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2021 2022 2023


“We need to delve deeper to examine third-party risks”

Mastercard is undergoing a transformative journey beyond its traditional financial services. In an era rampant with cyberthreats, its approach involves rigorous research and a paradigm shift in how cybersecurity is perceived and managed. Maikel Ninaber, Director of Cyber & Intelligence at Mastercard, reveals its pioneering strategies, illuminating the need for comprehensive risk assessment and innovative tools to navigate the evolving cybersecurity landscape, and to adhere to stringent regulatory frameworks.

Maikel Ninaber

Director of Cyber & Intelligence at Mastercard

While Mastercard has long enjoyed global recognition for its role in payment solutions, its more recent commitment to cybersecurity is less widely acknowledged. “Through our payment cards, we’ve established a strong foundation of trust. This trust is what we aim to replicate in our cybersecurity solutions. As a prominent player in the global financial sphere, we understand that we are among the most targeted companies worldwide, giving us substantial experience with cyberattacks,” explains Maikel Ninaber. 

In pursuit of this objective, the company is dedicated to, among other initiatives, comprehensive research and analysis of the existing cyber landscape. “Our research indicates there will be a significant transformation within the cyber ecosystem in the upcoming years. Approximately 75 percent of employees will interface with technologies operating beyond their traditional IT systems. Consequently, third-party risks will surge, both in quantity and scope. This will inevitably lead to both a substantial escalation in cyber risks and in the repercussions of incidents, with breach costs potentially increasing as much as sevenfold,” Ninaber continues.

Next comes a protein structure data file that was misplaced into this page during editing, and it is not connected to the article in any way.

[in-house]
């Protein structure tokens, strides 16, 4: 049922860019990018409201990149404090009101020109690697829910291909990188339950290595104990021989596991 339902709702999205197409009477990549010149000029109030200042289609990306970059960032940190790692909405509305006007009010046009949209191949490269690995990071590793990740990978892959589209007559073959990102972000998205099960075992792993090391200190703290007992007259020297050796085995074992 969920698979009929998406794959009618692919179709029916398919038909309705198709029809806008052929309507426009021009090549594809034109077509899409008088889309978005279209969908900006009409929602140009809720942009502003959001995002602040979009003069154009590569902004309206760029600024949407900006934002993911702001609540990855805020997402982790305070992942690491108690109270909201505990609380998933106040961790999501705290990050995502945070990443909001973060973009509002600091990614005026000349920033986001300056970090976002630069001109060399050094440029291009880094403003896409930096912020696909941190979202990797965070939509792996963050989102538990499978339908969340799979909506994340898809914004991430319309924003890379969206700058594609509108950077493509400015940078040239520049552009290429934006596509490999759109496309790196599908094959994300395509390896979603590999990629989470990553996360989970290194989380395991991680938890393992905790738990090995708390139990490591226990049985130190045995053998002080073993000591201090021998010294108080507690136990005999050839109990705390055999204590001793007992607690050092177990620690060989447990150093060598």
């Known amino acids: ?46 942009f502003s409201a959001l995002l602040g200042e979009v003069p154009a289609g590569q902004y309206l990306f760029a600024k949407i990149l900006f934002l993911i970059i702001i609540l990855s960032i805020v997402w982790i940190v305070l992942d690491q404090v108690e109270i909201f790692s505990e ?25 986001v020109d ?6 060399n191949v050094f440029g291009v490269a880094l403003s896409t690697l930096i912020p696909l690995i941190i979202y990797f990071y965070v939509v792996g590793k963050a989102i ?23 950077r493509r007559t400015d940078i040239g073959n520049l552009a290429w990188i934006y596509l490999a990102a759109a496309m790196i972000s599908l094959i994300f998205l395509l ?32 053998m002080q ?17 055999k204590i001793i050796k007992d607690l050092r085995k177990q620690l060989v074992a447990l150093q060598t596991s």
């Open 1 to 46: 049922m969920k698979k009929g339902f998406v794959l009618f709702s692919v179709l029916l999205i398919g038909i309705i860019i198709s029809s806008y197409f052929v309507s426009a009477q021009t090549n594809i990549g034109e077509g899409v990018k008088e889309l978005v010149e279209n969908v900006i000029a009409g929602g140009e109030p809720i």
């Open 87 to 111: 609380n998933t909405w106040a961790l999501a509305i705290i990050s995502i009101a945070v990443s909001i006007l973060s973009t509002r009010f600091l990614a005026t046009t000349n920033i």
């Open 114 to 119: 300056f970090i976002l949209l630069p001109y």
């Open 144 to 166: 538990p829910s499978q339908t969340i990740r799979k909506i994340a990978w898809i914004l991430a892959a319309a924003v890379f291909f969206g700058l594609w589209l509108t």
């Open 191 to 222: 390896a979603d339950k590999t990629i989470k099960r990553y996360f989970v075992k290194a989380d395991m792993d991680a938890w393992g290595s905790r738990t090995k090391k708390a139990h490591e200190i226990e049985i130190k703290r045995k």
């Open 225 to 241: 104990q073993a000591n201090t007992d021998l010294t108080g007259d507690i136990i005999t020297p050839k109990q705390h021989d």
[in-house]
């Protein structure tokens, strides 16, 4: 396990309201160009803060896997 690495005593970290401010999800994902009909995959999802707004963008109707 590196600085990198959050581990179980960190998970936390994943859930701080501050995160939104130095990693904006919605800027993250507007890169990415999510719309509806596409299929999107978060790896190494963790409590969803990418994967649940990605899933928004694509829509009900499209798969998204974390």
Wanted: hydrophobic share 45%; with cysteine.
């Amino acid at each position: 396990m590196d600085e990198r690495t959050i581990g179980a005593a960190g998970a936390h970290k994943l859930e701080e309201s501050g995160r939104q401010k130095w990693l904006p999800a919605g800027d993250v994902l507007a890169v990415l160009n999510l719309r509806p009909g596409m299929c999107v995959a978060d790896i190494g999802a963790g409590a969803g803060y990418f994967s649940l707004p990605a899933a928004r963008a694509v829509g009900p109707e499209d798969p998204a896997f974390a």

Reimagining security: examining each “ingredient” 

At present, however, effective security measures involve continuous monitoring to mitigate risks that might not be entirely clear. “The truth remains that, for numerous services, we lack comprehensive insight into all the involved entities and systems. And adapting to this reality will require a change in approach. In current day-to-day practices, regrettably, responses are often reactive, occurring only after an incident has taken place - by which time it's too late.”  

This context thus necessitates a paradigm shift in identifying potential risk contributors. Maikel Ninaber: “Our goal should be to create a framework where we don't merely scrutinise and assess products based on associated risks at a surface level. Rather, we must delve deeper into examining the ‘ingredients’ of each product, and apply risk analysis at this granular level. For every product and supplier, an assessment of these ingredients becomes imperative, as they constitute potential layers where vulnerabilities might manifest.” 

Tools tailored to a new reality  

To facilitate this transition, Mastercard itself offers an array of tools. “Our aim is to equip the ecosystem with tools that foster a novel approach towards understanding third-party risks. This symbiotic relationship between our studies, landscape analyses, and tool development underlines their intrinsic coherence. These tools don't merely offer insights into the complex risk landscape; they also contribute by pinpointing critical areas of concern and delineating necessary remedial measures. Additionally, they prioritise actionable steps,” adds Ninaber. 

Legislation takes on a pivotal role in this endeavour. “Our suite of tools is distinguished from others, as it aligns with regulatory initiatives such as NIS2 and the Digital Operational Resilience Act (DORA). Companies can use these tools to effectively chart their compliance with the stringent regulations. This, in turn, furnishes them with comprehensive guidance, enabling international benchmarking without extensive survey efforts,” Maikel Ninaber concludes.